[swift-evolution] [Pitch] Refactor Metatypes
xiaodi.wu at gmail.com
Thu Sep 29 23:21:45 CDT 2016
Can you elaborate on your two reasons for the proposed Type<T>?
In particular, what do you mean by inheritable and non-inheritable members
of T? Where do these come into play? How is the current T.Type deficient in
Regarding (2), it is already possible to do precise type matches using `==`
instead of `is` (see corelibs-foundation for extensive uses). What does the
proposal offer that goes beyond what we currently have?
On Thu, Sep 29, 2016 at 22:57 Brent Royal-Gordon <brent at architechies.com>
> > On Sep 29, 2016, at 8:14 PM, Xiaodi Wu via swift-evolution <
> swift-evolution at swift.org> wrote:
> > I'm confused by this explanation.Today, `type(of:)` is the new
> `.dynamicType`. Is this proposal suggesting a silent change so that it now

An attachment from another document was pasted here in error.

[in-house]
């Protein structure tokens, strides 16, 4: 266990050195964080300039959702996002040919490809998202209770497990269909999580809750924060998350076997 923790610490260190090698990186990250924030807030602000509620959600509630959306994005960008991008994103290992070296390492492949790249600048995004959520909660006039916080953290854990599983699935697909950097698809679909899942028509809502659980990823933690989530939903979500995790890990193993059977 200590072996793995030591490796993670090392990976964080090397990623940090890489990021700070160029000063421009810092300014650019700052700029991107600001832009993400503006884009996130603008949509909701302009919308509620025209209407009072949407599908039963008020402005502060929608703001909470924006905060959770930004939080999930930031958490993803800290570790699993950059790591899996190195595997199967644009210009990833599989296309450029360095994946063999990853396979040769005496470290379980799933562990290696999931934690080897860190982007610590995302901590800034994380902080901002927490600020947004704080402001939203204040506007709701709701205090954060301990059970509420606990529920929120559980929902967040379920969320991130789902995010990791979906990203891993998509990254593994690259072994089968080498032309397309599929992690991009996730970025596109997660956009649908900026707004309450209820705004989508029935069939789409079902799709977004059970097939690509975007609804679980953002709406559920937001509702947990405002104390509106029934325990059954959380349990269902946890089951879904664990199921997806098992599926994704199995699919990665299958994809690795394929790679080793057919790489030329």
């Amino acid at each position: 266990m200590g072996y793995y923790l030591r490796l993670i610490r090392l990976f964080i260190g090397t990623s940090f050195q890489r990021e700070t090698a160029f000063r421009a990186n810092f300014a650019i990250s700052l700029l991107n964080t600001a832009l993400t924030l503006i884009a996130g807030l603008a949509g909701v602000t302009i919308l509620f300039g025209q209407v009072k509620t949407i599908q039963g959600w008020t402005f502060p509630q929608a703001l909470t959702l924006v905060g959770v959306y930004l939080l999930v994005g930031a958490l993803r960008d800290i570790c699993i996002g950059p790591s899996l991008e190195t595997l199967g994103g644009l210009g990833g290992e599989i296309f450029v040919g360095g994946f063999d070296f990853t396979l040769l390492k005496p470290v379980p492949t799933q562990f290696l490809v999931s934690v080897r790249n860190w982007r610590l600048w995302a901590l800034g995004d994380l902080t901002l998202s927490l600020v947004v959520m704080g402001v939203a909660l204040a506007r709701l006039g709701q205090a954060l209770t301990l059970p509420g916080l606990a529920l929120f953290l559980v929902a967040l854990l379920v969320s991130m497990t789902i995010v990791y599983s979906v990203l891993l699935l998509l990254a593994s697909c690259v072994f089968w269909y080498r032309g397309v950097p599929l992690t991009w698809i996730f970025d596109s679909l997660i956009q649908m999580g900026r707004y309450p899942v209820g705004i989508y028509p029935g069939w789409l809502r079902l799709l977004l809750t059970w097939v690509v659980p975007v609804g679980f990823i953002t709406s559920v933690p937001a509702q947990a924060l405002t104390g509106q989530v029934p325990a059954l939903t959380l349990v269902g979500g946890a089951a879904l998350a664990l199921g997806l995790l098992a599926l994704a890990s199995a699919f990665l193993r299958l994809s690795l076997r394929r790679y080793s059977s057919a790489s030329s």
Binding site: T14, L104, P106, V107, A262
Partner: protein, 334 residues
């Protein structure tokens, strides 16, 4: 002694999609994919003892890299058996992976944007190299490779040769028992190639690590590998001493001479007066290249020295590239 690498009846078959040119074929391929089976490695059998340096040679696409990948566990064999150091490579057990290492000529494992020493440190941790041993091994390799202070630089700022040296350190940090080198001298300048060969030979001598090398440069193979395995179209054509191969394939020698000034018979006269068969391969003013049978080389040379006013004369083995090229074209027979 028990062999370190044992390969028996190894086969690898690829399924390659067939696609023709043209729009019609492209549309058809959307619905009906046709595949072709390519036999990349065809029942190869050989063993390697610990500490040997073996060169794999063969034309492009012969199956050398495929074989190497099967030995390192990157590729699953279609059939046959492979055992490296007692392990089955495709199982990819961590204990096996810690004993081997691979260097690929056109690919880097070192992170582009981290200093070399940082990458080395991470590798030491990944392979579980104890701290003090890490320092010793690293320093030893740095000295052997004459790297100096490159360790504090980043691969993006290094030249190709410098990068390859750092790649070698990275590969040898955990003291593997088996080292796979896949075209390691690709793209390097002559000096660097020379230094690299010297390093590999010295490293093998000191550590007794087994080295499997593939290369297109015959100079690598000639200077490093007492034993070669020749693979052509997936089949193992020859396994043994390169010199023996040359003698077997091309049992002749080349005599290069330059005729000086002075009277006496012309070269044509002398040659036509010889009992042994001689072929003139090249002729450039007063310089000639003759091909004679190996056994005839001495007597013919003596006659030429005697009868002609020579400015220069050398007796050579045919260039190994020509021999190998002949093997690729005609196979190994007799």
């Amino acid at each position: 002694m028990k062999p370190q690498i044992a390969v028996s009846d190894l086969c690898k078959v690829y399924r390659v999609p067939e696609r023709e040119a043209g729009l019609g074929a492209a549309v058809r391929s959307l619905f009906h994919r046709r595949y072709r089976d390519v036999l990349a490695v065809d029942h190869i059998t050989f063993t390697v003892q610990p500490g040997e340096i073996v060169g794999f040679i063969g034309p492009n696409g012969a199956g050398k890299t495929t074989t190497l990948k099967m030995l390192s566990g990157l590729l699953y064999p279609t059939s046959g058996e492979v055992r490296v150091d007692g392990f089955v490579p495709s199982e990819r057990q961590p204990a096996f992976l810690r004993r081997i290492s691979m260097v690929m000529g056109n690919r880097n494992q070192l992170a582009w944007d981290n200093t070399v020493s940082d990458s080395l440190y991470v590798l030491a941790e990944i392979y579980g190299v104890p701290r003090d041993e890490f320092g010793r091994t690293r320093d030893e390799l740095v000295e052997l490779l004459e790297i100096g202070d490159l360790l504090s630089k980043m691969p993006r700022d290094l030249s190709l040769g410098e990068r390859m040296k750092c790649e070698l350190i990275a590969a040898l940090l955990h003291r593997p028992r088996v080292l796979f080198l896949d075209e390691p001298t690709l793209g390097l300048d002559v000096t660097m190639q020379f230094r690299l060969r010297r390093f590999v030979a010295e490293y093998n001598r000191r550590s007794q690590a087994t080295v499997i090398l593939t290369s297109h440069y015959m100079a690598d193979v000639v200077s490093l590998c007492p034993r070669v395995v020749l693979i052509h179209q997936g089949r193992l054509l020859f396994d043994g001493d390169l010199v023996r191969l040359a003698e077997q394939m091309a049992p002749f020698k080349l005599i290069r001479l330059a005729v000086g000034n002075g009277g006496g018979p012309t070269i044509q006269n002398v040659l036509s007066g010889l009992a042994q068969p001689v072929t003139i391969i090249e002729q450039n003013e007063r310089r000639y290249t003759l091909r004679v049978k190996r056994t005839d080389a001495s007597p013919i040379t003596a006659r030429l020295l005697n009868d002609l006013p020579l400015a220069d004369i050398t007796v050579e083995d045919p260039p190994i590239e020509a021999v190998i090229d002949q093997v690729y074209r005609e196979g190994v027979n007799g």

> returns the static type? If so, why (particularly when you explain that
> this is often *not* what you would want)?
> I'm short-handing the names to talk about the return values. In other
> words, I assume that, if we have both `type(of:)` and `subtype(of:)`, their
> signatures would be:
> func type<T>(of: T) -> Type<T>
> func subtype<T>(of: T) -> Subtype<T>
> And I'm saying that, given these names, `type(of:)` is confusing and
> near-useless, whereas `subtype(of:)` is what you almost always want.
> We *could*, of course, have a function called `type(of:)` which returned
> `Subtype<T>` and had the semantics I'm referring to as `subtype(of:)`. A
> name is just a name.
> > I'm also somewhat puzzled about the proposed design. This proposal
> explains that Subtype<T> should be a supertype of Type<T> and its subtypes.
> Why is a supertype named Subtype?
> Because a type's name should describe the *instances*; that's why you
> don't put "Class" at the end of all of your class names. (It's also why
> we're proposing `Type<T>` instead of `Metatype<T>`.)
> Every instance of `Subtype<T>` is the type instance for a subtype of `T`.
> For instance, in this hierarchy:
> NSResponder: NSObject
> NSView: NSResponder
> `Type<NSResponder>` is a `Subtype<NSObject>`, but not a `Subtype<NSView>`.
> Thus, this reads correctly:
> let aType: Subtype<NSResponder> = NSView.self
> Whereas this does not:
> let aType: Supertype<NSResponder> = NSView.self
> Brent Royal-Gordon
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